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Organic Molecules Review and Lipids

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by

Daniel Dychkowski

on 26 February 2016

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Transcript of Organic Molecules Review and Lipids

+
Lipids
Proteins
ORGANIC MOLECULES
Nucleic Acids
Carbohydrates
Foldit
Fats, Phospholipids, Steroids
Insulation, shock absorption, and energy storage
Glycerol + 3 fatty acids = Triglyceride + 3 H20
What does it mean to have the maximum
number of hydrogens?
Why are saturated fats solid at room temperature?
What is a trans fat?
Structure
Questions:
Proteins are polymers made of ___________ ___________ monomers. They are joined by ________________ bonds.
If there are only ___ types of amino acids, how can there be thousands of proteins?
Are proteins hydrophobic or hydrophylic?
What do proteins do in the body?
Chemical Properties and Levels of Structure (2:10-5:05/7:47)
-Sign up!
-Install Program
-Play!
-You must complete the first 5 levels for homework
What is hydrogenation?
Enzymes:
Large proteins that speed up chemical reactions. They are highly specific and their function can be explained by the induced-fit model.
Important for growth and repair.
Prions:
Mad Cow Disease and
Creutzfeldt-Jacob Disease
DNA (deoxyribonucleic acid)
RNA (ribonucleic acid)
Carry hereditary information and are polymers of nucleotides.
a phosphate, a 5-carbon sugar, and a nitrogenous base.
House-pool-garage Model
Lab Activity: DNA Extraction
Build-a-Molecule
What is denaturation? Give an example. (not an egg!)
Atoms
subatomic particles: Protons, neutrons, electrons
Protons
Neutrons
Electrons
Particle
Mass
Location
Charge
Do Now: Complete the following chart
Isotopes:
Element:
A pure substance of only one type of atom
Practice:
How many protons does C have? How many neutrons?

What is an isotope? Give an example of an isotope of carbon.

Bonding:
Compounds:
Covalent
-Polar
-Non-polar
Ionic
Van der Waals
Radioactive Isotopes:
Biochemistry
Atoms of the same element that differ in number of neutrons.
Some isotopes are unstable and their nuclei break down at a constant rate over time. As they do so, they give off radiation which can be dangerous.
What can this be used for?
What is so important about compounds anyway?
electrons are shared
equal sharing
unequal sharing
electrons are transferred
ions are created
very small intermolecular forces of attraction
Ions
an atom or compound in which the total number of electrons is not equal to the total number of protons, giving the atom a net positive or negative electrical charge.
Cation
Anion
Water
pH
H
H
O
-
+
the elixir of life
What does it mean to be hydrophobic?
How about hydrophilic?
Challenge
: Balance a paperclip on the surface of the water in the petri dish.
RECALL
: Water is highly polar
A
hydrogen bond
is the attractive interaction between polar molecules in which hydrogen (H) is bound to an atom that loves electrons (
electronegative
).

"water hating" or "repelled by water"
"water loving" or "attracted to water"
Do Now:
1. Is carbon dioxide hydrophobic or hydrophilic? How do you know?
Why is this important?
Large bodies of water can regulate temperature. Our winters are more mild because of our proximity to the ocean (our summers are also cooler).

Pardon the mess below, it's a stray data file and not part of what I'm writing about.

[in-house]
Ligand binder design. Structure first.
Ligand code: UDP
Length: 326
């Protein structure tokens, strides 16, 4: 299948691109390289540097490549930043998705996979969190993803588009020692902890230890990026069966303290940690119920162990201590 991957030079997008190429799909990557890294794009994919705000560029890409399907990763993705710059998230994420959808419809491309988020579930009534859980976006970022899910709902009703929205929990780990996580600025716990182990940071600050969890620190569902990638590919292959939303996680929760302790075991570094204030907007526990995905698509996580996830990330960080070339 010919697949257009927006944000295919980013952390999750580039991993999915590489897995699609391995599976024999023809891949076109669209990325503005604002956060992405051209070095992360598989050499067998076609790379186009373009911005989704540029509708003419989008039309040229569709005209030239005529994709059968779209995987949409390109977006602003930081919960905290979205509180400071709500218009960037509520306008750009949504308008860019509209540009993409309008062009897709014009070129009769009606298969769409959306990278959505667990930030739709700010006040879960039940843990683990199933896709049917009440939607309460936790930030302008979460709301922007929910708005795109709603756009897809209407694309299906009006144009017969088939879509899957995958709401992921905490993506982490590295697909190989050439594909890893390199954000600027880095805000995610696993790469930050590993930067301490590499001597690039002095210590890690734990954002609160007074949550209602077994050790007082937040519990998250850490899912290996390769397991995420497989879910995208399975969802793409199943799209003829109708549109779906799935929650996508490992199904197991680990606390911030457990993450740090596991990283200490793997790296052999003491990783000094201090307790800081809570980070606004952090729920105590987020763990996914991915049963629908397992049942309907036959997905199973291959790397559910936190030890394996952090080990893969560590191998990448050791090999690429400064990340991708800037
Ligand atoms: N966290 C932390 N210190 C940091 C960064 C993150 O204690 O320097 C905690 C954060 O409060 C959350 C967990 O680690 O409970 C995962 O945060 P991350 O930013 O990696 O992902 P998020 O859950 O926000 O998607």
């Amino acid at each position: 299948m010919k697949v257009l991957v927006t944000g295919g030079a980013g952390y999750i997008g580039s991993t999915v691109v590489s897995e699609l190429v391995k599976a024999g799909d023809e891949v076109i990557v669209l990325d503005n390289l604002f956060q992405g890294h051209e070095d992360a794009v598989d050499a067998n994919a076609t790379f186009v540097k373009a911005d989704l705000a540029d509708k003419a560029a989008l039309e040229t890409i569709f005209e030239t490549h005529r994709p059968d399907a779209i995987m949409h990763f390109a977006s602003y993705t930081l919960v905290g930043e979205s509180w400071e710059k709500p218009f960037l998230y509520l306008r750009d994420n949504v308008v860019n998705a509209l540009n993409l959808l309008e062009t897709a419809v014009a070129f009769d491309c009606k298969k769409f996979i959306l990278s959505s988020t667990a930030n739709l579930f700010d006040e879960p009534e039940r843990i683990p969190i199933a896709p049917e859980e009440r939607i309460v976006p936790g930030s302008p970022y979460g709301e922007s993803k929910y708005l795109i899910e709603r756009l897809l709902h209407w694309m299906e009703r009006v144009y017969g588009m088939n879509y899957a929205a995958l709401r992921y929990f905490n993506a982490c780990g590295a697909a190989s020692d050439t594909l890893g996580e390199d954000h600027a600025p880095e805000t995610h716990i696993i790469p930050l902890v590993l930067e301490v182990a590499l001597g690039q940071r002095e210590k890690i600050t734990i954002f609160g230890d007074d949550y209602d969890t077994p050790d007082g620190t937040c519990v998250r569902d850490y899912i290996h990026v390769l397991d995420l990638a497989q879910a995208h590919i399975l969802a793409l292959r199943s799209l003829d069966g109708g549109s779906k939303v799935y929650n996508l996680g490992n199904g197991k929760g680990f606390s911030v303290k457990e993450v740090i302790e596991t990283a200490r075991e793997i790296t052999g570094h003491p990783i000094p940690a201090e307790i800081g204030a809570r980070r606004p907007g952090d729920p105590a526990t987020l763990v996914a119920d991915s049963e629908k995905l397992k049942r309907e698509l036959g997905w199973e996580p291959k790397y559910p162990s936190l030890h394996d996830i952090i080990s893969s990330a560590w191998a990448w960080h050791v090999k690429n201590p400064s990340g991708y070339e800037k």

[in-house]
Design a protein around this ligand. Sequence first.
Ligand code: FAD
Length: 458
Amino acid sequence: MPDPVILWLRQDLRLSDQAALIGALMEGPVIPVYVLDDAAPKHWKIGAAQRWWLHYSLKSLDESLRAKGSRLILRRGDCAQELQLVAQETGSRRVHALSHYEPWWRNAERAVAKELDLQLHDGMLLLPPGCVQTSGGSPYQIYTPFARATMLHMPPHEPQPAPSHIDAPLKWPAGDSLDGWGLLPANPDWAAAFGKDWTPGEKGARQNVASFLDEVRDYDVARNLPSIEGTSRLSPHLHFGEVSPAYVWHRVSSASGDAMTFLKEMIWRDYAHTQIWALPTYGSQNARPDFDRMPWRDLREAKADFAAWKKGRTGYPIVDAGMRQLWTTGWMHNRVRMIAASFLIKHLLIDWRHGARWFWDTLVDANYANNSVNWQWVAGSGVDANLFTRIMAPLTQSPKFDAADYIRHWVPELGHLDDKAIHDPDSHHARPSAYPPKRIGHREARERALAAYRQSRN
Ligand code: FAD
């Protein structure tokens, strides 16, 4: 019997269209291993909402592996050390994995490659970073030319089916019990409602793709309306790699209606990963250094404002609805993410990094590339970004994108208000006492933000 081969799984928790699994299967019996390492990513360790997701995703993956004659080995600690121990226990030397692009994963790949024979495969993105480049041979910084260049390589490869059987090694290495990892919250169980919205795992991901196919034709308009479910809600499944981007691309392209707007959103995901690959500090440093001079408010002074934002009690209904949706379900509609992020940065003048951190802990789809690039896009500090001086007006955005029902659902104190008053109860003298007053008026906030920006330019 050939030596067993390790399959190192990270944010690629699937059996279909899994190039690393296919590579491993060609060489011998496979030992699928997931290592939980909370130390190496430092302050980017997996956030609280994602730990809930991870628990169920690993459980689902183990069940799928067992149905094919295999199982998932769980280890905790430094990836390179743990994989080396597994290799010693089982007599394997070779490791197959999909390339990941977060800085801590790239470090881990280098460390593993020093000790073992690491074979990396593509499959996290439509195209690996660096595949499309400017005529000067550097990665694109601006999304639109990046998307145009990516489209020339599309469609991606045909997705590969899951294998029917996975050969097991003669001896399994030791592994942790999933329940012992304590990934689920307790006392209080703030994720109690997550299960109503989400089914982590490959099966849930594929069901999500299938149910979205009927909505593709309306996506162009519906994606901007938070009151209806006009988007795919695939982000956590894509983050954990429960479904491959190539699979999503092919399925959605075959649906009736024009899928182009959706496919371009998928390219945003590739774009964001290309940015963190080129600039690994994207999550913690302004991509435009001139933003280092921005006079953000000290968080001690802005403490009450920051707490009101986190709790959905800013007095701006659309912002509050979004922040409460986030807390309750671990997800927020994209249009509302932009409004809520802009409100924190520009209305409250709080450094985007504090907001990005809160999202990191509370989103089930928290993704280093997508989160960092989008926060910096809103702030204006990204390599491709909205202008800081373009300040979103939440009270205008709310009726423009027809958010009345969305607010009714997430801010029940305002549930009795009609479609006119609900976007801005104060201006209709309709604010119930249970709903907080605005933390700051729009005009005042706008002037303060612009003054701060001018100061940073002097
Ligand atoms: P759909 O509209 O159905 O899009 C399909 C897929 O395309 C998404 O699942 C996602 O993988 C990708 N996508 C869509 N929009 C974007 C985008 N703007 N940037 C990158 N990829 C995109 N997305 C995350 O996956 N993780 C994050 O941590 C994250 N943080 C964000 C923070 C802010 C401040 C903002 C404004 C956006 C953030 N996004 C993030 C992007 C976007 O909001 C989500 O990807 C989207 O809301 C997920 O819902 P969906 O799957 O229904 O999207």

Like dissolves like.
5.
1.
2.
3.
4.
the amount of heat required to convert liquid water into water vapor.
insulation and
spring overturn
Capillary Action:
is the ability of a liquid to flow in narrow spaces in opposition to forces like gravity. It is due to ___________________ and __________________.
pH is a measure of the concentration of hydrogen ions in a solution. The more hydrogen ions that are present, the more acidic is the solution. The pH scale ranges from zero (very acidic) to 14 (very basic).


A pH of 7 is neutral, a pH less than 7 is acidic, and a pH greater than 7 is basic. For example, the pH of lemon juice is 2 while some antacids have a pH of about 10.
How much stronger is an acid with a pH of 2 than an acid with a pH of 3?

How much stronger is the acid with a pH of 2 than an acid with a pH of 5?
Carbohydrate Vocabulary:

For homework define the following terms.
-Dehydration Synthesis
-Hydrolysis
-Monosaccharide
-Disaccharide
-Polysaccharide
-Cellulose
-Starch
-Chitin
-Glycogen
the removing of the hydroxl (OH) and the hydrogen (H) atoms from two organic substances which merges them into one (covalent bond).
the splitting of a molecule due to the addition of the hydrogen ion and the hydroxide ion of water.
A simple sugar composed of one unit (monomer).
examples:
a two saccharide sugar (having two monomers).
examples:
many monosaccharides joined together. (a polymer)
A polysaccharide used by plants for
structure
.
A polysaccharide used by plants for
energy storage.

A polysaccharide used by fungi and arthropods for
structure.
"Animal starch," used for
energy storage
.
Many
macromolecules
are formed by
polymerization
, where large compounds are formed by linking smaller ones together. The smaller units are called
monomers
and are linked together to form
polymers
.
C,H,O
C,H,O,P
C,H,O,N,S
C,H,O,P,N
INORGANIC
http://phet.colorado.edu/en/simulation/build-a-molecule
Ice Cream
Spinach
Sprite
Milk
Potatoes
Pineapple Juice
Do Now:
1. Identify the structure to the right.
a. Label it: phosphate head, fatty acid tail, hydrophobic, hydrophylic



2. Why is this lipid important?
DNA
RNA
Sugar
Bases
Function
Structure
Why is the lock

and key model not considered accurate?

(enzyme)
(substrate)
molecules
compounds
How does this relate to biology?
There is energy stored in bonds!
The physical and chemical properties of compounds differ from those of their constituent elements.
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